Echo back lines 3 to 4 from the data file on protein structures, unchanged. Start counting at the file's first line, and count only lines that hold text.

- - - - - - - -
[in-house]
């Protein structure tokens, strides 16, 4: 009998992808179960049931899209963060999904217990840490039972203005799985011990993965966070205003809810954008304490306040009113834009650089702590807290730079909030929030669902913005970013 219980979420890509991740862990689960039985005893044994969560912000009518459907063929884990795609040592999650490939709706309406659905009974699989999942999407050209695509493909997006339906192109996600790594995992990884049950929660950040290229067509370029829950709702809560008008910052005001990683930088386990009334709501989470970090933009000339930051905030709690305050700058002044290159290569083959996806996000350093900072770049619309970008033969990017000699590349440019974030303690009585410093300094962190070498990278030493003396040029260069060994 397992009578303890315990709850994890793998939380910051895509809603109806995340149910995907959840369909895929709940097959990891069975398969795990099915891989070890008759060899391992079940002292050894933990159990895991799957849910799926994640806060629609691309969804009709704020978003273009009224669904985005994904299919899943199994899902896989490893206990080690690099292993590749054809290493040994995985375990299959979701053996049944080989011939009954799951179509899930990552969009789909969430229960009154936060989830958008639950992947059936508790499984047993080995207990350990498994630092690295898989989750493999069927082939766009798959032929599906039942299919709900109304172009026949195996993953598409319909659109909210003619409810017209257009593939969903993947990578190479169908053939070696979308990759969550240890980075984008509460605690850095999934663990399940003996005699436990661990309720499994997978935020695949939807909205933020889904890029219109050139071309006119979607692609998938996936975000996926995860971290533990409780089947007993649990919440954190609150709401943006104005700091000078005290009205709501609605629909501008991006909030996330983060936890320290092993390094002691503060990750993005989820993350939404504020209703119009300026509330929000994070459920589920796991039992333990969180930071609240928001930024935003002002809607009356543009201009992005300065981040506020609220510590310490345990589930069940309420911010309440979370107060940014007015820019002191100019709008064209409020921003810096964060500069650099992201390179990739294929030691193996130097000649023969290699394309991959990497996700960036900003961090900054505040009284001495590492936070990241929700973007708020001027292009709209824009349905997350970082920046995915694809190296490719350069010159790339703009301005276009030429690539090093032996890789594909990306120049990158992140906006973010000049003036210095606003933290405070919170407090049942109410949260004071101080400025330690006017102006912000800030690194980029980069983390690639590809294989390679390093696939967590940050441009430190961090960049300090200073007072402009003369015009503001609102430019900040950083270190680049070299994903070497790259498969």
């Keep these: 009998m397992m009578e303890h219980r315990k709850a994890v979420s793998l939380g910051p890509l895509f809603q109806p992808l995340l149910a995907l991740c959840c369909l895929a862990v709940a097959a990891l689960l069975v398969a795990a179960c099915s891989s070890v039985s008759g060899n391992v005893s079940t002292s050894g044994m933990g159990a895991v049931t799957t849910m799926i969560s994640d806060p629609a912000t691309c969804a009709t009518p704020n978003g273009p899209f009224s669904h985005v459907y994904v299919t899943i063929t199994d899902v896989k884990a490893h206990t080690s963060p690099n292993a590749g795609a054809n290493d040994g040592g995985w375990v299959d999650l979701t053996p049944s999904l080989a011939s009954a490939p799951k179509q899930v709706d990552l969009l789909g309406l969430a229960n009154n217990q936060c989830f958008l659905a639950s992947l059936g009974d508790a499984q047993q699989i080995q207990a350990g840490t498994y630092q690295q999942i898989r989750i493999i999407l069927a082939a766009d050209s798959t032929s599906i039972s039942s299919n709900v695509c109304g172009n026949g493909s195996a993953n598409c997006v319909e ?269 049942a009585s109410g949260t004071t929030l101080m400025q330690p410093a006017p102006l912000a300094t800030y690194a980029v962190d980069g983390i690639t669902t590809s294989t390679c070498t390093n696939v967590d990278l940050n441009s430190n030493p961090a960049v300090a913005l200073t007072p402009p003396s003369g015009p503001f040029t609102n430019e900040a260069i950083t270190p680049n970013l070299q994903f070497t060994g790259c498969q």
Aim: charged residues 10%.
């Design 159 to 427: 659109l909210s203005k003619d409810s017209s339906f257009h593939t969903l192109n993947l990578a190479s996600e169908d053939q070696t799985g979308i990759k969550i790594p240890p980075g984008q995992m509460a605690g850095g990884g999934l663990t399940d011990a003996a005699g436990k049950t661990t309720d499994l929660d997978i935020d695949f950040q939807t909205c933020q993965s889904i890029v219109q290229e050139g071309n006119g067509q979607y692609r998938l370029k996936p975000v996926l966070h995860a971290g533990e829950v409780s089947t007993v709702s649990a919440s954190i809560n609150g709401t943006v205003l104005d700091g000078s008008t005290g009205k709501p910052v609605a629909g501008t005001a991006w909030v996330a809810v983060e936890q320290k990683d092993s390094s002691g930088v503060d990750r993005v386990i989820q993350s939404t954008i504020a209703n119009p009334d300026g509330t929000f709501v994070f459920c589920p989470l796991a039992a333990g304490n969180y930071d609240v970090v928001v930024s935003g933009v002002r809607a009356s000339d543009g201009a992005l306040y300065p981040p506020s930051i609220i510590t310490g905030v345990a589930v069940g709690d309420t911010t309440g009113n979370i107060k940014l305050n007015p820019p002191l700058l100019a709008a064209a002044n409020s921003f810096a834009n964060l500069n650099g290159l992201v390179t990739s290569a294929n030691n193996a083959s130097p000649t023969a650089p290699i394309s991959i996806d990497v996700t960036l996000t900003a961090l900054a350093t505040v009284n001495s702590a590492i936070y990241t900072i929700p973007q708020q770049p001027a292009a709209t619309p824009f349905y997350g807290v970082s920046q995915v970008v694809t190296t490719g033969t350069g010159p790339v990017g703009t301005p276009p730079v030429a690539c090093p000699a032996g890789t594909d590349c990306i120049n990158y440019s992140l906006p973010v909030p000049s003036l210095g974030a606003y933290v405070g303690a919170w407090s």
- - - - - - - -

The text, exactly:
């Keep these: 009998m397992m009578e303890h219980r315990k709850a994890v979420s793998l939380g910051p890509l895509f809603q109806p992808l995340l149910a995907l991740c959840c369909l895929a862990v709940a097959a990891l689960l069975v398969a795990a179960c099915s891989s070890v039985s008759g060899n391992v005893s079940t002292s050894g044994m933990g159990a895991v049931t799957t849910m799926i969560s994640d806060p629609a912000t691309c969804a009709t009518p704020n978003g273009p899209f009224s669904h985005v459907y994904v299919t899943i063929t199994d899902v896989k884990a490893h206990t080690s963060p690099n292993a590749g795609a054809n290493d040994g040592g995985w375990v299959d999650l979701t053996p049944s999904l080989a011939s009954a490939p799951k179509q899930v709706d990552l969009l789909g309406l969430a229960n009154n217990q936060c989830f958008l659905a639950s992947l059936g009974d508790a499984q047993q699989i080995q207990a350990g840490t498994y630092q690295q999942i898989r989750i493999i999407l069927a082939a766009d050209s798959t032929s599906i039972s039942s299919n709900v695509c109304g172009n026949g493909s195996a993953n598409c997006v319909e ?269 049942a009585s109410g949260t004071t929030l101080m400025q330690p410093a006017p102006l912000a300094t800030y690194a980029v962190d980069g983390i690639t669902t590809s294989t390679c070498t390093n696939v967590d990278l940050n441009s430190n030493p961090a960049v300090a913005l200073t007072p402009p003396s003369g015009p503001f040029t609102n430019e900040a260069i950083t270190p680049n970013l070299q994903f070497t060994g790259c498969q």
Aim: charged residues 10%.